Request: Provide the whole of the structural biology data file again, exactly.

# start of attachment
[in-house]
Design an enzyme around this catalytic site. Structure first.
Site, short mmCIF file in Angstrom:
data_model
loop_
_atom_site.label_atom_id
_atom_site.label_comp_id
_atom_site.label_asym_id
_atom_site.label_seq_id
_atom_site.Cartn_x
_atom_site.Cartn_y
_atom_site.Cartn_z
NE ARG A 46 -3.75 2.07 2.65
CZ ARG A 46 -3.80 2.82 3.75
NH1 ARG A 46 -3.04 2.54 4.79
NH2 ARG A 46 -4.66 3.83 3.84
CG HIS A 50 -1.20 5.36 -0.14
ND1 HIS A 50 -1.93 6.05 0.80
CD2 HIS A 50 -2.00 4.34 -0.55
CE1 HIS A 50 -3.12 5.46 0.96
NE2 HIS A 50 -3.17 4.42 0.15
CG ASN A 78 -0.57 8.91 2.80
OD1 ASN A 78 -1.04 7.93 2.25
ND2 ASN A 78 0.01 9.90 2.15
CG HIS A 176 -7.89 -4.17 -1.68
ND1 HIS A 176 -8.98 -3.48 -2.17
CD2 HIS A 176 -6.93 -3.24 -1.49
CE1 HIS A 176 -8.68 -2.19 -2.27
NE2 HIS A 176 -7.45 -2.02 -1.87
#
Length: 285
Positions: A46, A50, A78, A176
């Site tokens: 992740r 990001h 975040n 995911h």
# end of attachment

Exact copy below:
[in-house]
Design an enzyme around this catalytic site. Structure first.
Site, short mmCIF file in Angstrom:
data_model
loop_
_atom_site.label_atom_id
_atom_site.label_comp_id
_atom_site.label_asym_id
_atom_site.label_seq_id
_atom_site.Cartn_x
_atom_site.Cartn_y
_atom_site.Cartn_z
NE ARG A 46 -3.75 2.07 2.65
CZ ARG A 46 -3.80 2.82 3.75
NH1 ARG A 46 -3.04 2.54 4.79
NH2 ARG A 46 -4.66 3.83 3.84
CG HIS A 50 -1.20 5.36 -0.14
ND1 HIS A 50 -1.93 6.05 0.80
CD2 HIS A 50 -2.00 4.34 -0.55
CE1 HIS A 50 -3.12 5.46 0.96
NE2 HIS A 50 -3.17 4.42 0.15
CG ASN A 78 -0.57 8.91 2.80
OD1 ASN A 78 -1.04 7.93 2.25
ND2 ASN A 78 0.01 9.90 2.15
CG HIS A 176 -7.89 -4.17 -1.68
ND1 HIS A 176 -8.98 -3.48 -2.17
CD2 HIS A 176 -6.93 -3.24 -1.49
CE1 HIS A 176 -8.68 -2.19 -2.27
NE2 HIS A 176 -7.45 -2.02 -1.87
#
Length: 285
Positions: A46, A50, A78, A176
């Site tokens: 992740r 990001h 975040n 995911h």